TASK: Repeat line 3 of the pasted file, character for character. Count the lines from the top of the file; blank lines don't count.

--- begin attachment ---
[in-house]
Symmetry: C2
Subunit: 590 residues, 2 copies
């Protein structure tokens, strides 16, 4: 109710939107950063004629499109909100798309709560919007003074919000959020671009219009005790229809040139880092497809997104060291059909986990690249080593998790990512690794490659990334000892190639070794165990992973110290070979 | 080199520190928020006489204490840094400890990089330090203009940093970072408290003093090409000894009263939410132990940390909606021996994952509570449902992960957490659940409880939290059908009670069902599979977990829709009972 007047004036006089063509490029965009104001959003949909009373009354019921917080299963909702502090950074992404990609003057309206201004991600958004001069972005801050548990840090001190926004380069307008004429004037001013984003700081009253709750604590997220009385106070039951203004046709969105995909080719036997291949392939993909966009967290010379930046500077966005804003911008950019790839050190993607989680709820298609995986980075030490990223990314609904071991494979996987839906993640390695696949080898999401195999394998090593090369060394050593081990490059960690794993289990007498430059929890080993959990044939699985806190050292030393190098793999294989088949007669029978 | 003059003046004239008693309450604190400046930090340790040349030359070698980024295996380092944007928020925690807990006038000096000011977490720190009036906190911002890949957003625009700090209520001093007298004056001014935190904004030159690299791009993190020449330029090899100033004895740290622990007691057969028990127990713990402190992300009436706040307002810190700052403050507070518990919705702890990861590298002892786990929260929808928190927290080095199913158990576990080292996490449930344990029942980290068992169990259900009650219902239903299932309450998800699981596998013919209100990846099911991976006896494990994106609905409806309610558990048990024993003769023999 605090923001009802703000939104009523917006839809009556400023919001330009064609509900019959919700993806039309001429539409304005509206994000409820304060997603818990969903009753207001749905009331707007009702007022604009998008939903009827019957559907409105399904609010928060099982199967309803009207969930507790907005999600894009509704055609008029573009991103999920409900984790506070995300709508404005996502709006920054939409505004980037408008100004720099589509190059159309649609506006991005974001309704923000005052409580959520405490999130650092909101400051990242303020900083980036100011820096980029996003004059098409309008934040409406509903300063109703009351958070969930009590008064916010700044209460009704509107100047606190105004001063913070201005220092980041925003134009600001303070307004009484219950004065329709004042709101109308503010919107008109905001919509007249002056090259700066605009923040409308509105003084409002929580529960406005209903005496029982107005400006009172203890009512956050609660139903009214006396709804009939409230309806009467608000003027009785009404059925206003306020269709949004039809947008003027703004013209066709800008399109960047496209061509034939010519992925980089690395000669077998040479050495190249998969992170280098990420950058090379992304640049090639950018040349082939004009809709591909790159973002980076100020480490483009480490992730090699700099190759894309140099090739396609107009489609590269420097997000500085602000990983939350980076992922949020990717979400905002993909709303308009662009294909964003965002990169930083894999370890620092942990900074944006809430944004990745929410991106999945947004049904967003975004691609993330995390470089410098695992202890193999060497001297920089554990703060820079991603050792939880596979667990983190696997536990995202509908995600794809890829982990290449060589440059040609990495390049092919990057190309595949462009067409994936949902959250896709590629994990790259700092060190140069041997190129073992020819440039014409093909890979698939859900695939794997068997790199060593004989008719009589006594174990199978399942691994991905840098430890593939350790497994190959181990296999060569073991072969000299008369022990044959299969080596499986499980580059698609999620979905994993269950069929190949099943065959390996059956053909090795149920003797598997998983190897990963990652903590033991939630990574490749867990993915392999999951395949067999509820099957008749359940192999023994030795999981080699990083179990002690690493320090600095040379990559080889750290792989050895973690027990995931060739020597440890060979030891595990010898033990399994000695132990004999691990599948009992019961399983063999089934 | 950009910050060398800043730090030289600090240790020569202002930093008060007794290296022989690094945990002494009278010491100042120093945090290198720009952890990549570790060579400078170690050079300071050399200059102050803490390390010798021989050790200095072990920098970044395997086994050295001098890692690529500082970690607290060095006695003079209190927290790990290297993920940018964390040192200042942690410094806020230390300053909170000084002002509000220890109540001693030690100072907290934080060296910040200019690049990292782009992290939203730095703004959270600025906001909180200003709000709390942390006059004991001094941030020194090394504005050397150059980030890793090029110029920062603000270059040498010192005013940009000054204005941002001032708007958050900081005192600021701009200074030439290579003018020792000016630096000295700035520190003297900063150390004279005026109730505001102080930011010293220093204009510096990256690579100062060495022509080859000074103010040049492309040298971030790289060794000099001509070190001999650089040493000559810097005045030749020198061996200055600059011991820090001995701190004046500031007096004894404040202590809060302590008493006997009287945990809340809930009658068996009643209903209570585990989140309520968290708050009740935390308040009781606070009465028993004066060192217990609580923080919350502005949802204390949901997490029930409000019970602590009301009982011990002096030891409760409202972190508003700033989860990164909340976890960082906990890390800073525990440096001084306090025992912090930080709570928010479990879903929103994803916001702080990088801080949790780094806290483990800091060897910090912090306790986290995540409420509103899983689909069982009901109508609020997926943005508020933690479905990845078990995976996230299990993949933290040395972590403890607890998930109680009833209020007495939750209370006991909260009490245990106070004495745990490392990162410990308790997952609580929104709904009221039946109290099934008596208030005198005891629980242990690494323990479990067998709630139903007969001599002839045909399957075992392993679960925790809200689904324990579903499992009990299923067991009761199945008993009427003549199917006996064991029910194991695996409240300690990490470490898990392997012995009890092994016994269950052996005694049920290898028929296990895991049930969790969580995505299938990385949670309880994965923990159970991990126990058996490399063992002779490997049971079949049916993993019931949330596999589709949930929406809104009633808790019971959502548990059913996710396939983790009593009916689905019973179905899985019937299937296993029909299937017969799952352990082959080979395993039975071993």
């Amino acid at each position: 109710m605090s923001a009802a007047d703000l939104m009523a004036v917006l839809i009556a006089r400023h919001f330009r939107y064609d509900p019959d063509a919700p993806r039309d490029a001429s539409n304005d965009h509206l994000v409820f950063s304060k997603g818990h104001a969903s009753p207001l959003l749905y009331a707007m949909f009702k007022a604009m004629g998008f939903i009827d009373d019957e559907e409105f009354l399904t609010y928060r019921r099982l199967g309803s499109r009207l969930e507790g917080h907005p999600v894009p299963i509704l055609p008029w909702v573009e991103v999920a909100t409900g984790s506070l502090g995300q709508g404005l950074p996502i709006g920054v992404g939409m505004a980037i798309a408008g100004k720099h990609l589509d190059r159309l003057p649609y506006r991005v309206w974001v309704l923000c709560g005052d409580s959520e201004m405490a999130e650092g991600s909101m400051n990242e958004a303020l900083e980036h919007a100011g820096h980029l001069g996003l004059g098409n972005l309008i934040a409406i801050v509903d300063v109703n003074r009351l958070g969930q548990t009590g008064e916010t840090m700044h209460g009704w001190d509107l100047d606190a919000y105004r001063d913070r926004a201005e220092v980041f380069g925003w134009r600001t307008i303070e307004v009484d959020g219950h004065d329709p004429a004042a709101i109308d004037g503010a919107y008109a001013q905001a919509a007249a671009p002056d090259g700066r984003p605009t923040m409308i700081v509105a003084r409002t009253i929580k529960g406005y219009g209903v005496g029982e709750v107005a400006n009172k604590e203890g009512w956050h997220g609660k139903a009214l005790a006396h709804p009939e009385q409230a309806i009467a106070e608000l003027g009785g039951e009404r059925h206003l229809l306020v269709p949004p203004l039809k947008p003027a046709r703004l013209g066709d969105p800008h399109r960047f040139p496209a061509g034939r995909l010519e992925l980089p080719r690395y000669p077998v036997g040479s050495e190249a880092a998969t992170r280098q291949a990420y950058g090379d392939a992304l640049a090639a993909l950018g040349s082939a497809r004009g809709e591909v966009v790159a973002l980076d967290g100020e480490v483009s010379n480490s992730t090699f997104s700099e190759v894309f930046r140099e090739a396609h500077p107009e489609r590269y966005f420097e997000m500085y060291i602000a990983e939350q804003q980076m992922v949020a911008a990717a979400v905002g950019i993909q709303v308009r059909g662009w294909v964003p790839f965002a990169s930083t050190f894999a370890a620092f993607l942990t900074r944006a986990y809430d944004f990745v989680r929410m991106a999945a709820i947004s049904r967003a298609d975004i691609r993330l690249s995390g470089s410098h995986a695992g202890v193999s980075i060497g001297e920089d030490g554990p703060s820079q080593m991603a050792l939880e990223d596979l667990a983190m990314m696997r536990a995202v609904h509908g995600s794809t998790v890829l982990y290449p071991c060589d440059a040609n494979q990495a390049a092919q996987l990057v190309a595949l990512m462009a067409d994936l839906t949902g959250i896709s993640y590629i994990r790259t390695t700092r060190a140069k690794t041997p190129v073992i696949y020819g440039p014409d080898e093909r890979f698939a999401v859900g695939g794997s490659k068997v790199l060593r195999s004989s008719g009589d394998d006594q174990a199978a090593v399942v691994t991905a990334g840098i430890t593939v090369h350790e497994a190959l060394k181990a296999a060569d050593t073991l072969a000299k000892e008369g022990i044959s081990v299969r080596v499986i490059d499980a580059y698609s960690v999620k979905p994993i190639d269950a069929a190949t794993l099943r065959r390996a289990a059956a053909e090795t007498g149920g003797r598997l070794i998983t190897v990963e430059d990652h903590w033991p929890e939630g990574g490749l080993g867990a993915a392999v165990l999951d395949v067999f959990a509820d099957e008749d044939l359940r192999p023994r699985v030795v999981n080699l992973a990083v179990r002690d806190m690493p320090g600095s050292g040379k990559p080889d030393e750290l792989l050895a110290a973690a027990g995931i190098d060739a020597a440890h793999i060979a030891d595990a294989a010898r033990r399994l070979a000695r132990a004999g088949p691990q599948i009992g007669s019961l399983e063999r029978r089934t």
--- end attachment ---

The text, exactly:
Subunit: 590 residues, 2 copies